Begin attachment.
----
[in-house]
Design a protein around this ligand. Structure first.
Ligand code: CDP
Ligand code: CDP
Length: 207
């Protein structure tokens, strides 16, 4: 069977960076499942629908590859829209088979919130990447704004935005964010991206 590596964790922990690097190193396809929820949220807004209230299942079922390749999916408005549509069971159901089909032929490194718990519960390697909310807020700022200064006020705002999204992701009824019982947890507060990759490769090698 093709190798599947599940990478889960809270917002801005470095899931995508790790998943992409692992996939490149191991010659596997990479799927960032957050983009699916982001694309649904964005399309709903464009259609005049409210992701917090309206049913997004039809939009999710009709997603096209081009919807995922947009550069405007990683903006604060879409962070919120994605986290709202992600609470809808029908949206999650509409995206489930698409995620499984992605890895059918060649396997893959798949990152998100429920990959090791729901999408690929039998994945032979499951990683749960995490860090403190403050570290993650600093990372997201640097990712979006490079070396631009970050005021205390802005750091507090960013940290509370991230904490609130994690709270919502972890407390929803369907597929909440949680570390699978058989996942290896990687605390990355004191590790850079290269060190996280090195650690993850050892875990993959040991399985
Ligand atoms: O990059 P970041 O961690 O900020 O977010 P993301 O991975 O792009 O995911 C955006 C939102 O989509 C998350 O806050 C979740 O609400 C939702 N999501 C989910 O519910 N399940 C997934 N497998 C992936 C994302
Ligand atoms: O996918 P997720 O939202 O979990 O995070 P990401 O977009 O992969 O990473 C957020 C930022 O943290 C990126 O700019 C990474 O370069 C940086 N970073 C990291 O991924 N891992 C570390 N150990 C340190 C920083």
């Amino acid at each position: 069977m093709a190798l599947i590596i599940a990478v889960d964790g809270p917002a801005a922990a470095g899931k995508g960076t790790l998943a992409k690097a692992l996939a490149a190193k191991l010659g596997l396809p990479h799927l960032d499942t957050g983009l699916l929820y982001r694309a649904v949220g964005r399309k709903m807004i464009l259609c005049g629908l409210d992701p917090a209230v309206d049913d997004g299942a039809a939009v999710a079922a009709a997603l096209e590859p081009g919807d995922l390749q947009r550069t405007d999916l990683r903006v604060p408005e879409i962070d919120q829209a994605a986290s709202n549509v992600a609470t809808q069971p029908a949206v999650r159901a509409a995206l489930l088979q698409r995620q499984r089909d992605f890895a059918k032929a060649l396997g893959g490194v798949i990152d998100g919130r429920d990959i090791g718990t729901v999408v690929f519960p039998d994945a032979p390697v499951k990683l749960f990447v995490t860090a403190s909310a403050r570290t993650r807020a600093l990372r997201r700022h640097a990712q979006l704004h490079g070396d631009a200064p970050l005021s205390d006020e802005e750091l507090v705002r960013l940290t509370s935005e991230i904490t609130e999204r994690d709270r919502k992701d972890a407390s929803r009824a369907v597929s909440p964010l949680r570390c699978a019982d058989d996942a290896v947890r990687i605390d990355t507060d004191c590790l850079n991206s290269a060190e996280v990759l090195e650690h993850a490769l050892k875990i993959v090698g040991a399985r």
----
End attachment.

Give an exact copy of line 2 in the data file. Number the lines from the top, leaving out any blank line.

Design a protein around this ligand. Structure first.